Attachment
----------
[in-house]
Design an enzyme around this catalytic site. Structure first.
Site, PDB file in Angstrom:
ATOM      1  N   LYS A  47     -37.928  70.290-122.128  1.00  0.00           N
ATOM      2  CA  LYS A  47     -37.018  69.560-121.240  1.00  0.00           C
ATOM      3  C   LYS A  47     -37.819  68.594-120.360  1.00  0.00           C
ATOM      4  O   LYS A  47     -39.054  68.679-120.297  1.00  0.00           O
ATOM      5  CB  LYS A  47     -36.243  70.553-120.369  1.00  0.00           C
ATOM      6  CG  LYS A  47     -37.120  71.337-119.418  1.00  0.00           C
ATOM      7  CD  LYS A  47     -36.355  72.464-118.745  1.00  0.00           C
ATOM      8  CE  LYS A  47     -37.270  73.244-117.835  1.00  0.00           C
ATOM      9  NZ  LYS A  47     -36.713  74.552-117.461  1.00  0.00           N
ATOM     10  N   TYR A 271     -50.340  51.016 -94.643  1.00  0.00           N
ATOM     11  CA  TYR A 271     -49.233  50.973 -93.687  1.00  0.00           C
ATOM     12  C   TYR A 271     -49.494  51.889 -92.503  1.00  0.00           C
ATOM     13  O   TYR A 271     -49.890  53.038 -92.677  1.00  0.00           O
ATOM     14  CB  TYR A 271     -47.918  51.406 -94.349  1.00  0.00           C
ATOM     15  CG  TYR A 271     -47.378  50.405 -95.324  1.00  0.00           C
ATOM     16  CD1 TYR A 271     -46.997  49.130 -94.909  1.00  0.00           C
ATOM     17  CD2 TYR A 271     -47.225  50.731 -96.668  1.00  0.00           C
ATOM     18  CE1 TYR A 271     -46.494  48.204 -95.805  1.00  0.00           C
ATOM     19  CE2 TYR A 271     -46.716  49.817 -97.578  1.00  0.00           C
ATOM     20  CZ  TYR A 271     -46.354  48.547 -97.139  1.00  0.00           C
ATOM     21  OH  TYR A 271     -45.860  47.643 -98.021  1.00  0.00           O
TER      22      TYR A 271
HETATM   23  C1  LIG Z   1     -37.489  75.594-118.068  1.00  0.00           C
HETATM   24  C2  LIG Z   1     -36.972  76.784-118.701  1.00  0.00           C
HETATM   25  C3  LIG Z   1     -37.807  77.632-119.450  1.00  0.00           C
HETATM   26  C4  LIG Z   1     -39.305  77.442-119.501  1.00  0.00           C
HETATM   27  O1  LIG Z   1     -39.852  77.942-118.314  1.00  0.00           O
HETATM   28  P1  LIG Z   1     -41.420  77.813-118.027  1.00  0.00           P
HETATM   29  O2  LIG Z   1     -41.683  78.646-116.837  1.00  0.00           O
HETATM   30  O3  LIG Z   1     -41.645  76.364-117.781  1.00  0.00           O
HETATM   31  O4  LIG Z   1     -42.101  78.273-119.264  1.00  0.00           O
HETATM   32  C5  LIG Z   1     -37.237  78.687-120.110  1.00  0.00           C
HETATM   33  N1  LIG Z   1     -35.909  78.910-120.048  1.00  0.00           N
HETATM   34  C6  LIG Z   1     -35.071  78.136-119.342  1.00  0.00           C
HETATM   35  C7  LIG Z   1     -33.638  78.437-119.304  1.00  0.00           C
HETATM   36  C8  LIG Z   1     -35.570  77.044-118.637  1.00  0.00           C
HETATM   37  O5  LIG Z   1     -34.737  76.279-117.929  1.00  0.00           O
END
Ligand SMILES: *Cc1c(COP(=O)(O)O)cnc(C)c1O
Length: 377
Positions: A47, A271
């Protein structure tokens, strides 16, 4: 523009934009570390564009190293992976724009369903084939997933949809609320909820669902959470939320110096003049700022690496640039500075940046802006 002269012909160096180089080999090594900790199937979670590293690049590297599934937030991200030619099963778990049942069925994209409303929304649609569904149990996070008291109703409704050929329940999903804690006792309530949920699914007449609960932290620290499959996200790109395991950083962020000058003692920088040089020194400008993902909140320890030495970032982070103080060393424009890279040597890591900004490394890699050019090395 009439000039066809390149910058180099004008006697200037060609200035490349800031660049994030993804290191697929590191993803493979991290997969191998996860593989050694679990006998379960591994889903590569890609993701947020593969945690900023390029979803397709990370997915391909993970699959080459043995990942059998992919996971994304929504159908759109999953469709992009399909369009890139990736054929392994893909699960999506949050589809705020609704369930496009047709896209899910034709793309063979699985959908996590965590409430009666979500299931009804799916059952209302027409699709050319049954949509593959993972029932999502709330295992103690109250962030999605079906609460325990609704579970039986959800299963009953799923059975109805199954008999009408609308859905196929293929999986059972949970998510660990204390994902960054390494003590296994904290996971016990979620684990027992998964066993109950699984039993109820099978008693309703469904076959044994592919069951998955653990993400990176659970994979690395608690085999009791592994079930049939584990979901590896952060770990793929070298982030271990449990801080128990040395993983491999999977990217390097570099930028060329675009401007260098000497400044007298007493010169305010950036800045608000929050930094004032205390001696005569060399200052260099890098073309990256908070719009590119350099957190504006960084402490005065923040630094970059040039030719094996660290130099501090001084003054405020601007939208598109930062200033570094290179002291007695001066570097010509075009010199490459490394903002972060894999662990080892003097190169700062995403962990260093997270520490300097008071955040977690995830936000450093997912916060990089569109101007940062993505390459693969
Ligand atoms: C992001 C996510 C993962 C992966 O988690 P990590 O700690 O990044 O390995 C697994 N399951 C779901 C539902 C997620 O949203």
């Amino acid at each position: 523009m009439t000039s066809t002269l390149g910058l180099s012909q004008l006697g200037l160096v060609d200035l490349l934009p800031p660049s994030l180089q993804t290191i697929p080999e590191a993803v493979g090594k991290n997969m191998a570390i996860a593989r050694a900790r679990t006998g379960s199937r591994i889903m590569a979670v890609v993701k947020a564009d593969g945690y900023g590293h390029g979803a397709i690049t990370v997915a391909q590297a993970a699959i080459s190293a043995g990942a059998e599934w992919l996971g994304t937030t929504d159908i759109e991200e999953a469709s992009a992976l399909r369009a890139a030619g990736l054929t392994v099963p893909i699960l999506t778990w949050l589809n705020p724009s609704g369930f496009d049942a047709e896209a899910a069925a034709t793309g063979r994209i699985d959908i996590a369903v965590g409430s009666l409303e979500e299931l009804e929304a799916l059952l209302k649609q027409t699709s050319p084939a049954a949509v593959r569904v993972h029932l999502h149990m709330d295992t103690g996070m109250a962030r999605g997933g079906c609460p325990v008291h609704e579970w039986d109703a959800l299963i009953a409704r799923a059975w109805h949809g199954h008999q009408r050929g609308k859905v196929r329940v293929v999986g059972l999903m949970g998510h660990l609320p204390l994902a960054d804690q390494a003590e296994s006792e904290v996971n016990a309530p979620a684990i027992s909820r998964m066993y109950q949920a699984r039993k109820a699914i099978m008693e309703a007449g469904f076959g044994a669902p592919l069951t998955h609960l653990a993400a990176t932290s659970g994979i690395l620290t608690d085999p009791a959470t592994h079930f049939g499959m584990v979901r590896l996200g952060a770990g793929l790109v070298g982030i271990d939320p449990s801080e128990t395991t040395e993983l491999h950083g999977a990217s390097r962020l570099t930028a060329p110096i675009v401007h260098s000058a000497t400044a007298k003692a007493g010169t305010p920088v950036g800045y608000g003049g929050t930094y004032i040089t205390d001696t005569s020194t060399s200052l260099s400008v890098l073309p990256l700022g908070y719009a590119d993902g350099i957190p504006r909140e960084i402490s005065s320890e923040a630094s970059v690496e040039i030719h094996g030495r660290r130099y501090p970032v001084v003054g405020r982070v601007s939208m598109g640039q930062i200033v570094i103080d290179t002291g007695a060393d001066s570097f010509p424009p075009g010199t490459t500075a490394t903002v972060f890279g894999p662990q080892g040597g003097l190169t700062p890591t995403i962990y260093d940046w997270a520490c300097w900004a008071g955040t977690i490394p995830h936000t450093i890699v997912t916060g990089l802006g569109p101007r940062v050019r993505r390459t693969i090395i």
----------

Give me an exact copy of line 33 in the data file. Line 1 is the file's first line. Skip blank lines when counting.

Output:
HETATM   30  O3  LIG Z   1     -41.645  76.364-117.781  1.00  0.00           O